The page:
Michael Dansk, who runs a Copenhagen-based creative studio, puts his faith in art when creating a home that feels personal. After winning the Most Visual Influencer prize in the FDS Influencer Awards, Dansk told Design Stories about his relationship with art, vintage design and colours that add the ideal finishing touch.
Greetings to Copenhagen and congratulations on your win, Michael! What was your initial reaction upon hearing the news?
“Greetings back to you, too! To be honest, it was quite a big surprise. Being nominated among many very cool and inspiring people, I figured there was no real chance of winning. Obviously, I feel very honored that the jury noticed my work amongst the many entries.”
What do you spend your time on when you’re not delighting the design community with visual storytelling on Instagram?
“I run a small creative studio in Copenhagen, guiding a number of Danish and international design companies within communication – in a way, my job is to tell stories in both words and visuals. Besides this, I tend to constantly have a bunch of personal projects going on. I recently designed my first own piece of furniture, a showcase shelf crafted from massive oak, and in just a short while, I am launching a new art gallery concept with a close friend of mine.”
Art and design intertwine beautifully in your home. What is your relationship to art, and how did it develop? Where do you find artwork?
“I am fascinated by art and have been ever since I was a kid, when my grandparents would take me to some of the best modern art museums across Europe. To me, art has the possibility to open doors to something entirely unique, as it activates thoughts and feelings that differ from person to person. I feel that my own collection of artwork truly defines my home and adds something that feels very personal to me.
I am very interested in contemporary art, which I find in many different places. There are several great galleries in Copenhagen, so you will most likely meet me in the weekends browsing new exhibitions. I try to follow the art school shows as well, as there are so many young artists who have an amazing point of view. Besides that, I am constantly browsing online auctions for interesting art, along with design. Instagram is another great way to discover new artists.”
“I feel that my own collection of artwork truly defines my home and adds something that feels very personal to me.”
Vintage designs seem to play an important role in your interiors. What meaning do you attribute to pre-owned items? Do you have a particular favourite?
“Design that has been pre-owned and still functions well after decades of use usually does so because its quality and craftsmanship is eminent. In my opinion, a lot of materials simply look better with age – signs of life and use on leather or wood create a calmness and ease that really resonates with me. With that said, I do like to mix newer designs with vintage pieces to form a balance in energy and expression.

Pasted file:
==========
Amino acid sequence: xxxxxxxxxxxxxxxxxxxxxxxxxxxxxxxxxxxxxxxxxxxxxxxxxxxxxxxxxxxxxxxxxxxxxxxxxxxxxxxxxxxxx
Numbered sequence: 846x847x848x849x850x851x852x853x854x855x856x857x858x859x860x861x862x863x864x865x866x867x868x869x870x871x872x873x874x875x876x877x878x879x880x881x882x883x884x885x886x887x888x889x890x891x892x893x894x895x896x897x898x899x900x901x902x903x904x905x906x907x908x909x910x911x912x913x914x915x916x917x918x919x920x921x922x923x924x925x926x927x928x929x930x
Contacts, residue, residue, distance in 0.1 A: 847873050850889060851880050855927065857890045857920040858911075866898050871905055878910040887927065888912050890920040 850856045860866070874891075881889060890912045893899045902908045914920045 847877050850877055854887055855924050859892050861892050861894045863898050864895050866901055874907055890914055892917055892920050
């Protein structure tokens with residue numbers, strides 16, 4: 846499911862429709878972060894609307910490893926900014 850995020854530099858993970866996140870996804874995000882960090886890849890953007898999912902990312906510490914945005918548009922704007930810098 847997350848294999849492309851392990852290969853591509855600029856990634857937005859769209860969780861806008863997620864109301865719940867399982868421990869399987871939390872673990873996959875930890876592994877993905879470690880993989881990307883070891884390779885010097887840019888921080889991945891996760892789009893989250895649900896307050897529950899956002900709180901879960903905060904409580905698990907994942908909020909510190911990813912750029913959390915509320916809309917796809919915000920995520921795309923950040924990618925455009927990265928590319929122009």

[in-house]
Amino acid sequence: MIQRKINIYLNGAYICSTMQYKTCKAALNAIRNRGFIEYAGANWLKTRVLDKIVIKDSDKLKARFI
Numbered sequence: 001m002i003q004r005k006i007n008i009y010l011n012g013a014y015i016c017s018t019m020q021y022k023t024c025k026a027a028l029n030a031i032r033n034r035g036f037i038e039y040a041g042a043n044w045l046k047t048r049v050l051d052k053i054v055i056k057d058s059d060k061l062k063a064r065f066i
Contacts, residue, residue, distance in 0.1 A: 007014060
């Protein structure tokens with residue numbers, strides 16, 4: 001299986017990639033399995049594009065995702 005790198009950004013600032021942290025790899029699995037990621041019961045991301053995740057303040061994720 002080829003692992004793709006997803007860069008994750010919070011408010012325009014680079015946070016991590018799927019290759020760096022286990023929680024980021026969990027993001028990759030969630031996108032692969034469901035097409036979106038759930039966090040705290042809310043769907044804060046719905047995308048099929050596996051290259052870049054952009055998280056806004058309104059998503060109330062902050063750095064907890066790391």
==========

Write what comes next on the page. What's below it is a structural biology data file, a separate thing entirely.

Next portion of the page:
My favourite vintage designs are inherited pieces. My grandfather, who used to be an architect, worked for Knoll International in the 60s. He had amazing taste in furniture and today, I am lucky to own vintage Bertoia chairs, a wooden sideboard and other pieces that I really treasure: in part because of the great design, and partly because of the family history they represent.”
Is there a specific design treasure or artwork you intend to spend the prize sum on?
“Actually, yes. I put the money towards a drawing made by Danish artist Tal R. During the pandemic, I have saved some money and now bought a work titled Man Before Disco, which seemed quite funny, as no one has been able to go to a party in over a year.”
Your recently renovated home includes a myriad of joyful, vibrant colours. What guides you in choosing and pairing tones?
“I have worked a lot with colours, simply because I feel they have the possibility to enhance the mood of any space immensely. My colour selection was very personal and took quite a lot of time, as colour is very dependent on other elements, such as light, furniture and art. In short, the basic concept was to work with neutral colours on all walls and add some bright colours to the ceilings instead. This draws the eye upwards and results in rather light and airy rooms.
Sticking to one brand is a massive advantage when working with colours, as that usually adds some cohesion to the finished look. Other than that, I use my intuition when choosing colours. The trick is to give it time and to be a little daring, without trying to follow a bunch of trends. To me, there are no colours that I would never include, as the choice of colour palette always depends on the space or room, but I tend to naturally go for tones that are a little dusty.”
If you could dine with any designer, architect or artist, who would it be?
“I am a massive fan of the Bauhaus movement of the 1920s, so I would probably choose Parisian designer Charlotte Perriand, who worked at the studio of the famous architect Le Corbusier. An evening of design chats and stories about Paris in the 20s would be truly amazing.”
What are your plans for the future, in terms of your Instagram account?
“I don’t have a very specific strategy to be honest. My aim is to stay true to my aesthetic and only engage in projects and collaborations that feel natural and interesting to me. Obviously, I am very excited for each and every person who follows along, and hope the profile will continue to grow steadily over time.”
Text: Eero Nurmi Images: Michael Dansk